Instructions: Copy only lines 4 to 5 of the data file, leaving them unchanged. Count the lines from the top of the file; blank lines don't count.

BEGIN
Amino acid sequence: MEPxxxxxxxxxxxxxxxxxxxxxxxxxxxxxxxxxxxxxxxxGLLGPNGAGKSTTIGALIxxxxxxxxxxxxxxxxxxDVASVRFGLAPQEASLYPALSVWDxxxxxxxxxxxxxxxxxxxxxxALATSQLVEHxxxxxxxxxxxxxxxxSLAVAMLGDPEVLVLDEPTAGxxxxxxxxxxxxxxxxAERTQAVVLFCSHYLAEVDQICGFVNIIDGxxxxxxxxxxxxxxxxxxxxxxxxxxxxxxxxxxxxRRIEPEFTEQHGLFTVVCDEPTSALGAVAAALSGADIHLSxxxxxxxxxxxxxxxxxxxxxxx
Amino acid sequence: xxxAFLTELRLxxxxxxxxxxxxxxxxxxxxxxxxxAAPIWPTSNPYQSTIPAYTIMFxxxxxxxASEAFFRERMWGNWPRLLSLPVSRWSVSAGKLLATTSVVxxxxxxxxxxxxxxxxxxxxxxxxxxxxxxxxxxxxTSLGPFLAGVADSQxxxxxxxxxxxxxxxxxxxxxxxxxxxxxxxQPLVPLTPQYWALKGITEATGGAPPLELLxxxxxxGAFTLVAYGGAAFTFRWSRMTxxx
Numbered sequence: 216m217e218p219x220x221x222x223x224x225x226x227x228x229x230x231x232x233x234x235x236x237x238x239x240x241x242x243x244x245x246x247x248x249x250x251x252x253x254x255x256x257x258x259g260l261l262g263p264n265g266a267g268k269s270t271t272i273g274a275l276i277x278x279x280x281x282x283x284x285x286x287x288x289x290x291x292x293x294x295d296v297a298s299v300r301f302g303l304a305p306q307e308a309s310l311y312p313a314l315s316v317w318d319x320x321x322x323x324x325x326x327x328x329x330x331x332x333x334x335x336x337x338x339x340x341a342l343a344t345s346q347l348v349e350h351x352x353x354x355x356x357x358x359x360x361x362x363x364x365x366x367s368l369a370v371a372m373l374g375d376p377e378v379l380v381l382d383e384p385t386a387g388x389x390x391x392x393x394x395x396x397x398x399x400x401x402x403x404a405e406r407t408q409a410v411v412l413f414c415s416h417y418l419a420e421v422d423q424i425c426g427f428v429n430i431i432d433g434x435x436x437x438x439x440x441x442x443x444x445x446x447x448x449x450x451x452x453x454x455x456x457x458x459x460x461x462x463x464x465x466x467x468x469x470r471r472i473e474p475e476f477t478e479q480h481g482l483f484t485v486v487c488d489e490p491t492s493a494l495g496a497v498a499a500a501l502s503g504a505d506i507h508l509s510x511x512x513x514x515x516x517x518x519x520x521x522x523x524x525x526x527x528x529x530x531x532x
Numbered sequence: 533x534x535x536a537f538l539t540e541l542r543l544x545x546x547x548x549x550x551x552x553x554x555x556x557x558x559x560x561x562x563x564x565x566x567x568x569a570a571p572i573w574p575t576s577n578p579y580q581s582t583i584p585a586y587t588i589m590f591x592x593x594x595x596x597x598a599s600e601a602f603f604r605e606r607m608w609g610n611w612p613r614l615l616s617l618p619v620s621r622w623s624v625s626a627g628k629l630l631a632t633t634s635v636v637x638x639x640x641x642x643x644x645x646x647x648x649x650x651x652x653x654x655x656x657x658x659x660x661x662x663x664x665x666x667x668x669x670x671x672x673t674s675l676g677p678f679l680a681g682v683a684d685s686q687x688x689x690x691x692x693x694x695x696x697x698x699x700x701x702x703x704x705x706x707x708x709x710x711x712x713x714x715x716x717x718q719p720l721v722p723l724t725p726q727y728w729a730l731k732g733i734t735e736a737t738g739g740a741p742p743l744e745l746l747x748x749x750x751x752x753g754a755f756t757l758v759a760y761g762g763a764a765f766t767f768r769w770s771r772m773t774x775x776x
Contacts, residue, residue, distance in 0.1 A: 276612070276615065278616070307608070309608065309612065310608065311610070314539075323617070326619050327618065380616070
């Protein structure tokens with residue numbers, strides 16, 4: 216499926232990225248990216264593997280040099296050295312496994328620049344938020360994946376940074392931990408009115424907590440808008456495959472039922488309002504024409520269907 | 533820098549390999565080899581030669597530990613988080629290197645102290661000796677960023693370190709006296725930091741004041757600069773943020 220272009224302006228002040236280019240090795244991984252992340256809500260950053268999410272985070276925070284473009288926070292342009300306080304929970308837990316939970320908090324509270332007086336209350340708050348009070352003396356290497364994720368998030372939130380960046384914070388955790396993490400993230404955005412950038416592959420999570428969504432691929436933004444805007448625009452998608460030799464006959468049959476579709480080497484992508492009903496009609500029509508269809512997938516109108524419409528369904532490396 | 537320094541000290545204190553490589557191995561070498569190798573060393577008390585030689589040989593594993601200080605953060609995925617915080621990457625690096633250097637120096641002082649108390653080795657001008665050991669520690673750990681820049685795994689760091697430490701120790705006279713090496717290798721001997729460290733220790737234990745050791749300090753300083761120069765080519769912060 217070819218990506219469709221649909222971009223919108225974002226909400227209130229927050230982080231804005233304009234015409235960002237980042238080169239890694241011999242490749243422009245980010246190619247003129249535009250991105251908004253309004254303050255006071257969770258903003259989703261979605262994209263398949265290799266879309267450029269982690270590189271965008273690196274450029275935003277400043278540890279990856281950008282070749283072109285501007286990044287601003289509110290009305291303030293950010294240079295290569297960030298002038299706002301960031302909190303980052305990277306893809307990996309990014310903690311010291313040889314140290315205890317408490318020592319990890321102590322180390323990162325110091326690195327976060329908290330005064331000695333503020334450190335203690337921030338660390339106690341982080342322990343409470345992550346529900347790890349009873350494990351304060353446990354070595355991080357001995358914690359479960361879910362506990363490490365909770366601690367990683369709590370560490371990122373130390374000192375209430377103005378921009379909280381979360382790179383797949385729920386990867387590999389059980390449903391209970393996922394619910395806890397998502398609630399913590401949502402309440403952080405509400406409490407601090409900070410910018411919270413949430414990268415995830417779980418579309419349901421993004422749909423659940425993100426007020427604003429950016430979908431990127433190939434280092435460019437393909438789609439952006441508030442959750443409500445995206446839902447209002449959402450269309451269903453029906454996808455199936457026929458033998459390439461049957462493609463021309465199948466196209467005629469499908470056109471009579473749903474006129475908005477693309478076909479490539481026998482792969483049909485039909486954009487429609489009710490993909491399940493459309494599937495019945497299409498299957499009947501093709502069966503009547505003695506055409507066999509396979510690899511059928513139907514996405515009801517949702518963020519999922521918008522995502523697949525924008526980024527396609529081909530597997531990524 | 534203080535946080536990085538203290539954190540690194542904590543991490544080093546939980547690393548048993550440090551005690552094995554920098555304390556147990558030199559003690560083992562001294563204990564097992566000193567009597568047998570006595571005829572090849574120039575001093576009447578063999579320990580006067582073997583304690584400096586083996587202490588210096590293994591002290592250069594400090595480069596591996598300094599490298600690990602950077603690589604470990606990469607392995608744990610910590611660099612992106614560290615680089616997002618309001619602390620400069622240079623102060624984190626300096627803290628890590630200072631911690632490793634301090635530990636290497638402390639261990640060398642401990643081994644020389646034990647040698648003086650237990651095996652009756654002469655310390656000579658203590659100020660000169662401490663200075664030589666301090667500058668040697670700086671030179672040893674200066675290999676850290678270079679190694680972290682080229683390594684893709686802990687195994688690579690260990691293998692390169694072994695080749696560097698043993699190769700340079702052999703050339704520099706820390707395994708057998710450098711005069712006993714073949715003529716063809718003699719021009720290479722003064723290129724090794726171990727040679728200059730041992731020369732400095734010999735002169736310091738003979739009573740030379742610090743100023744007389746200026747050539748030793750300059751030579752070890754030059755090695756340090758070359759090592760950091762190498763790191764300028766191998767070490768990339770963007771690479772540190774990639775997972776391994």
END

Numbered sequence: 533x534x535x536a537f538l539t540e541l542r543l544x545x546x547x548x549x550x551x552x553x554x555x556x557x558x559x560x561x562x563x564x565x566x567x568x569a570a571p572i573w574p575t576s577n578p579y580q581s582t583i584p585a586y587t588i589m590f591x592x593x594x595x596x597x598a599s600e601a602f603f604r605e606r607m608w609g610n611w612p613r614l615l616s617l618p619v620s621r622w623s624v625s626a627g628k629l630l631a632t633t634s635v636v637x638x639x640x641x642x643x644x645x646x647x648x649x650x651x652x653x654x655x656x657x658x659x660x661x662x663x664x665x666x667x668x669x670x671x672x673t674s675l676g677p678f679l680a681g682v683a684d685s686q687x688x689x690x691x692x693x694x695x696x697x698x699x700x701x702x703x704x705x706x707x708x709x710x711x712x713x714x715x716x717x718q719p720l721v722p723l724t725p726q727y728w729a730l731k732g733i734t735e736a737t738g739g740a741p742p743l744e745l746l747x748x749x750x751x752x753g754a755f756t757l758v759a760y761g762g763a764a765f766t767f768r769w770s771r772m773t774x775x776x
Contacts, residue, residue, distance in 0.1 A: 276612070276615065278616070307608070309608065309612065310608065311610070314539075323617070326619050327618065380616070